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Tiger Woods has been in the spotlight nearly his entire life, beginning with a national television appearance alongside Hollywood icons Bob Hope and Jimmy Stewart when he was just two years old.

Tiger’s path to stardom began when his father, the late Earl Woods, put a golf club in his hands for the first time as a baby and he went out and lived up to every single expectation put on him (and the expectations he put on himself) as a youngster. Woods went on to win a record 82 PGA Tour titles (tied with Sam Snead), including 15 major championships (second only to Jack Nicklaus), and became a global icon in the process while also raking in about a billion dollars between golf and endorsements.

But with that stardom comes the responsibility of talking to a lot of people and giving a lot of interviews. And Tiger has long been an excellent public speaker. He’s extremely intelligent with that Stanford education and is very well-spoken and articulate. But that wasn’t always the case.

As a child, Woods had a severe stuttering problem, an issue that affects millions of people all over the world, a group that includes a young man who was ready to take his own life due to his own experiences with stuttering, a young man to whom Tiger personally wrote a letter after hearing his story.

Tiger Woods had a severe stuttering problem as a child

Tiger Woods at the 2020 U.S. Open
Tiger Woods | Gregory Shamus/Getty Images

In 2009, Tiger Woods appeared on 60 Minutes and opened up about his experiences with stuttering as a child, saying it was “frightening” when he was called on in class to give a speech or simply answer a question (h/t The Stuttering Foundation).

“I could certainly think it, and it was there, but the connection – the words got lost somewhere between the brain and the mouth, and it was very difficult. But I fought through it. I went to school to try and get over that, and I would just work my tail off.”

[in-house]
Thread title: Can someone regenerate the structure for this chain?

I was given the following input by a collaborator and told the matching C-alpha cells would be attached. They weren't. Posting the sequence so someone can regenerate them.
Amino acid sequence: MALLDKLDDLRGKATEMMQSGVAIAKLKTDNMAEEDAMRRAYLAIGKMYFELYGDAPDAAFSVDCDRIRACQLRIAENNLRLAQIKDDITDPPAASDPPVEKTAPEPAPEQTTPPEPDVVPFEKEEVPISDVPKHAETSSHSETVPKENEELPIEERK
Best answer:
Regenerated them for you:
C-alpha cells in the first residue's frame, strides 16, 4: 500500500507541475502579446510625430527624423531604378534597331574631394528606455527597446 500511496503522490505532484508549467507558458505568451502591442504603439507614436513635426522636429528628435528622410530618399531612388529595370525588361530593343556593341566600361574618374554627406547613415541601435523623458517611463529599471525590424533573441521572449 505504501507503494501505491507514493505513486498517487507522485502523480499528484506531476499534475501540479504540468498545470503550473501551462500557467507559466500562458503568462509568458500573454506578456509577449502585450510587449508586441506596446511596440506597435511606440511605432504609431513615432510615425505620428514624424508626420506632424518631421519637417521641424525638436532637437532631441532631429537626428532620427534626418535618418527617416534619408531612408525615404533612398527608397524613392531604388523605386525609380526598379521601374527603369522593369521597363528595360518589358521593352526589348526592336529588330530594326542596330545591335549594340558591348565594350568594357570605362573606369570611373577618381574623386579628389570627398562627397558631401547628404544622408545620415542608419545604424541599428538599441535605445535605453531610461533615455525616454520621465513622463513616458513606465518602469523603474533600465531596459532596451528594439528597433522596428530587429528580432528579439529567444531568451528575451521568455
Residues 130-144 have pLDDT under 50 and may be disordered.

Tiger Woods

Woods took classes for years and even resorted to just talking with his dog to help him overcome the issue, essentially training himself as if he were learning a new golf swing.

A teenage boy attempted suicide after being bullied for his stutter

In 2015, 16-time Ladies European Tour and five-time LPGA Tour winner Sophie Gustafson was mentoring a teenage boy named Dillon, who, like Gustafson herself and Tiger Woods, had issues with stuttering.

Dillon had joined the football team for the first time but had been bullied and teased by his teammates for his stutter, which caused him to quit. In April 2015, Gustafson received an e-mail from Dillon’s mother, Angie, who told her that things had gotten so bad for Dillon that he’d locked the door to his upstairs bedroom, yelled “Goodbye, I love you” to his parents, and began to climb out his window, fully prepared to jump to the concrete below.

His parents burst down the door and literally talked him off the ledge, which led Angie to again write to Gustafson, asking if there was anyone she knew that could help share her son’s story in an effort to help Dillon feel that he wasn’t alone. She also mentioned that he was a big Tiger Woods fan and asked Gustafson if she could find a way to get Dillon’s story to Woods to “see if he could help find something encouraging for him to look forward to.” So Gustafson sprang into action and got it done.

Tiger Woods himself sent the young man a letter

Upon getting the aforementioned e-mail from Dillon’s mother, Sophie Gustafson contacted Golf Digest writer Ron Sirak, who wrote a story on how Gustafson was mentoring Dillon, a story which spread quickly. Soon after, Sirak was contacted again, only this time it was from the camp of Tiger Woods asking for Dillon’s address. But what Dillon received wasn’t just some random piece of memorabilia or some impersonal autograph, it was a letter from Tiger Woods himself.

Woods shared his story with Dillon, telling him how he knew “what it’s like to be different and to sometimes not fit in.” The young man was obviously ecstatic but in a message to Gustafson, he showed maturity beyond his years as he knew this story wasn’t only about him but all those that have been bullied.

“I hope that maybe one other person out there that is also having struggles, will hear my story and realize suicide is not the answer and maybe it can help them. I just acted on impulse and now wish that I hadn’t. I was just tired of feeling small and like I didn’t matter. I know that I do matter with the help of my family and friends like you to support me. So thank you and please thank Ron. You are a really great person.”

Angie also chimed in, saying how thankful she was to Gustafson, Sirak, and Woods for what they’d done to help her son. The story got so much attention that another big name that dealt with a stutter even took notice.


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